By Tommy Wilkes and Dhara Ranasinghe
LONDON (Reuters) – Sterling’s slide against the dollar to a rate last seen in 1985 has sparked talk of a dramatic spiral downwards that ends in a collapse in confidence in British assets and a balance of payments crisis.
Fund managers, analysts and former policymakers believe such a scenario is unlikely, but suspect the pound will need to get cheaper before investors return.
The currency fell to as low as $1.1407 on Wednesday as investors grow fearful of the economic outlook under new British Prime Minister Liz Truss.
She is due to unveil on Thursday a 100 billion pound-plus ($114.9 billion) package to cap consumer energy bills funded by a massive increase in government borrowing.
Sterling, which dropped again on Thursday to below $1.15, has lost nearly 10% of its value since early June – a huge move for one of the world’s major currencies.
Truss is also under scrutiny as she gets ready to cut taxes and raise spending in a gamble that loosening the fiscal purse strings – at a time of double-digit inflation – will boost economic growth.
“The market has moved very far and very fast in the last couple of weeks, in the face of what is a relatively bleak economic outlook. That means there will be a recession but it will be deeper in the UK,” said Charles Diebel, head of fixed income strategy at Mediolanum Asset Management, which is betting against the pound.
Britain faces slower economic growth and more persistent inflation than any other major economy next year, the International Monetary Fund (IMF) forecasts. Goldman Sachs expects the UK economy to contract by 0.6% in 2023.
“The currency is cheap but probably needs to be cheaper,” Diebel said.
Several economists including Mohamed El-Erian forecast the pound will hit $1.10 soon, implying a further 4% fall from current levels.
Capital Economics reckons sterling could test its all-time low of near $1.05 plumbed in March 1985, just before G7 powers acted to rein in the superdollar of the Reagan era in the so-called “Plaza Accord”.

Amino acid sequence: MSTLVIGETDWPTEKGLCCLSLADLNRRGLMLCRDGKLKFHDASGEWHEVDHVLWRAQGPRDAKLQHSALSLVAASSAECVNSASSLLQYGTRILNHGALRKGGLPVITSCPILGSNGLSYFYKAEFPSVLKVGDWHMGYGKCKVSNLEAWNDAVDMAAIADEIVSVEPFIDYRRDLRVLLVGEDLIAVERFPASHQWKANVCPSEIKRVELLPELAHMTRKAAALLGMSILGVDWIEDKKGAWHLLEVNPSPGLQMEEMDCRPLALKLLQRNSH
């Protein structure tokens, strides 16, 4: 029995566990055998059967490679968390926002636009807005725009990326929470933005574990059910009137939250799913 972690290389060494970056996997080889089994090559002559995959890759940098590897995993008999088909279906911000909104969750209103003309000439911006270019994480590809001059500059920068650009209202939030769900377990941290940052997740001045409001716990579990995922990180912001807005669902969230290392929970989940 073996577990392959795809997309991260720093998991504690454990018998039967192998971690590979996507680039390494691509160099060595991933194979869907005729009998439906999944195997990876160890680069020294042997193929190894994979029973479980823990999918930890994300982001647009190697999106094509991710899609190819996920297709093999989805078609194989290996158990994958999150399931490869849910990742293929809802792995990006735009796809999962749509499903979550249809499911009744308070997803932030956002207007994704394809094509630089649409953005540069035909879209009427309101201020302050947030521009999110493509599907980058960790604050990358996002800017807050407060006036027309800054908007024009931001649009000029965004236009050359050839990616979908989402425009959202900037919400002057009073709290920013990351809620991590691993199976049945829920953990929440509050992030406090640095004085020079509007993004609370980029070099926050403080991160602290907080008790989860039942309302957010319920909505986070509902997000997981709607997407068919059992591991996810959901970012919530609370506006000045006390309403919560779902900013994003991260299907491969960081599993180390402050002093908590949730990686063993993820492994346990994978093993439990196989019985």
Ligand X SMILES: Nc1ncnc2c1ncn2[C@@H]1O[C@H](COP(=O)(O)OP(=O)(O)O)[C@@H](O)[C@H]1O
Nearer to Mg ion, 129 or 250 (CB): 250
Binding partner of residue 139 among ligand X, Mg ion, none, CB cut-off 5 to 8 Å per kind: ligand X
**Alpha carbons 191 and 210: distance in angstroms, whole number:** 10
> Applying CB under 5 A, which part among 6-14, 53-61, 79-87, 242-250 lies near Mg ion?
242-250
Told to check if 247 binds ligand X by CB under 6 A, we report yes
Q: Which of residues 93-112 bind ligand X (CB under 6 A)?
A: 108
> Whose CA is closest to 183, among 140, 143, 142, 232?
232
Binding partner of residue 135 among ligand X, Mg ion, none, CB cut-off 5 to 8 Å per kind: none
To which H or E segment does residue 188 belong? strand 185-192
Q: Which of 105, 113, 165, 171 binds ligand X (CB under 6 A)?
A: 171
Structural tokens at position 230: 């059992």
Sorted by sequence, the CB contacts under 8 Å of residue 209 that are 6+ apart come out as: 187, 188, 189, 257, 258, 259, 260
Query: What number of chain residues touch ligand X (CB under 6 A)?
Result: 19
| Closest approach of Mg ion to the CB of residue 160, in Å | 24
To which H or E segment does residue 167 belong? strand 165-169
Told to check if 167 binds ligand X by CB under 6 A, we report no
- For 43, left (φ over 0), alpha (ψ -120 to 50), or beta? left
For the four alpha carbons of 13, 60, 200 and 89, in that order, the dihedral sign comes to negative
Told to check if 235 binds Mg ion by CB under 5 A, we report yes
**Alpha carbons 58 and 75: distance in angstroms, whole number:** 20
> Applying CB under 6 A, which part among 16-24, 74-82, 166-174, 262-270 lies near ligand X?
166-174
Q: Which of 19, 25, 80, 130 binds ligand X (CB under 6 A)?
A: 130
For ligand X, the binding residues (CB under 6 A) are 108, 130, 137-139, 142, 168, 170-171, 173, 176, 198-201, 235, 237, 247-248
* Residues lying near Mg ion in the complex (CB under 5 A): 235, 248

Yet the rush to dump British assets has been driven by international developments too, including soaring gas prices and global growth worries that have driven investors to seek shelter in the dollar. The euro and yen have also hit multi-decade lows.
A Reuters Sept. 1-6 poll of nearly 60 currency strategists is not as pessimistic. The consensus was for sterling to nudge up to $1.16 in one and three months’ time. Also, sterling has not fallen as much against the euro or on a trade-weighted basis.
Still, sterling’s slide has revived talk seen following the 2016 Brexit referendum that Britain is behaving like an emerging market with an increasingly volatile currency.
Many traders dispute such comparisons and say trading remains orderly, and confidence in institutions such as the Bank of England strong.
Mediolanum’s Diebel said discussion of extreme sterling scenarios such as Britain being forced to turn to the IMF for help, as it did in 1976, was “alarmist.”
Deutsche Bank on Monday warned that the risk of a UK balance of payments crisis “should not be underestimated” under a Truss government, citing the potential for large unfunded fiscal expansion and changes to the BoE’s mandate.
August was the worst month on record for some UK bond prices as investors headed for the exit. The 10-year yield on British government debt rose this week to around 3.15%, its highest since 2011.
Britain is no stranger to balance of payments crises, and sterling devaluations have played a part in ending previous periods of Conservative Party rule. There was a collapse in the pound in 1992, when Britain was forced out of the European Exchange Rate Mechanism.
In a reassuring sign for investors, Britain’s new finance minister Kwasi Kwarteng said on Wednesday he wanted to reaffirm the central bank’s independence.
Andrew Sentance, former member of the BoE’s rate-setting committee and now advisor to Cambridge Econometrics, believes balance of payments crises are a thing of the past, only relevant when Britain was trying to defend the value of its currency.
But he said the BoE, which meets next week, should be more concerned about the drop in sterling than it is.
“Anything that is priced in dollars has gone up 14% in dollar terms this year and that imported inflation is a problem for inflation and a squeeze in consumers,” he told Reuters.
Ultimately, sterling’s outlook depends on the international picture improving and whether Truss’ economic policies can limit the depth and length of a recession.
More expansionary fiscal policy should, especially if inflation doesn’t fall, also mean tighter monetary policy. Expectations for BoE rate hikes have soared in recent weeks — investors see rates peaking at 4.3% by June 2023 from the current 1.75% — but the pound has only weakened.
“If they (the BoE) did act more robustly at the next few meetings that would help sterling,” Sentance said.
($1 = 0.8703 pounds)
(Reporting by Tommy Reggiori Wilkes and Dhara Ranasinghe; Additional reporting by Samuel Indyk; Editing by Jonathan Oatis and Tomasz Janowski)